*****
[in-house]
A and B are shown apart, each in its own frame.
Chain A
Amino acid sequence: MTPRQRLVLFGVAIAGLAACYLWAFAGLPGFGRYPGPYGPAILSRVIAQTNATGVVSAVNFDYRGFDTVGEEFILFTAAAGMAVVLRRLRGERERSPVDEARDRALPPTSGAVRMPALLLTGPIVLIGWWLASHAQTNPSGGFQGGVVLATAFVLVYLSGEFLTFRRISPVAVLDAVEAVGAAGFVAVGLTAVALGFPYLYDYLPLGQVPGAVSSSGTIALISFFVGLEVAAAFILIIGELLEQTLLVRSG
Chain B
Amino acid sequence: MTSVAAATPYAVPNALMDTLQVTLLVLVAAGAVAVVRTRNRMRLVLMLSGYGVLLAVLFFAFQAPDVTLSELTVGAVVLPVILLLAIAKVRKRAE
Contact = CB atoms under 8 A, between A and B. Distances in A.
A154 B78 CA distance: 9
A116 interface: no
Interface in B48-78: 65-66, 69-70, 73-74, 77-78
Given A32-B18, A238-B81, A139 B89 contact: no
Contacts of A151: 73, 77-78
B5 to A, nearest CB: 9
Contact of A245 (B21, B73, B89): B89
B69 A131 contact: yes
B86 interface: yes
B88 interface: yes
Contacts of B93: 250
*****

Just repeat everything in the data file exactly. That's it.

[in-house]
A and B are shown apart, each in its own frame.
Chain A
Amino acid sequence: MTPRQRLVLFGVAIAGLAACYLWAFAGLPGFGRYPGPYGPAILSRVIAQTNATGVVSAVNFDYRGFDTVGEEFILFTAAAGMAVVLRRLRGERERSPVDEARDRALPPTSGAVRMPALLLTGPIVLIGWWLASHAQTNPSGGFQGGVVLATAFVLVYLSGEFLTFRRISPVAVLDAVEAVGAAGFVAVGLTAVALGFPYLYDYLPLGQVPGAVSSSGTIALISFFVGLEVAAAFILIIGELLEQTLLVRSG
Chain B
Amino acid sequence: MTSVAAATPYAVPNALMDTLQVTLLVLVAAGAVAVVRTRNRMRLVLMLSGYGVLLAVLFFAFQAPDVTLSELTVGAVVLPVILLLAIAKVRKRAE
Contact = CB atoms under 8 A, between A and B. Distances in A.
A154 B78 CA distance: 9
A116 interface: no
Interface in B48-78: 65-66, 69-70, 73-74, 77-78
Given A32-B18, A238-B81, A139 B89 contact: no
Contacts of A151: 73, 77-78
B5 to A, nearest CB: 9
Contact of A245 (B21, B73, B89): B89
B69 A131 contact: yes
B86 interface: yes
B88 interface: yes
Contacts of B93: 250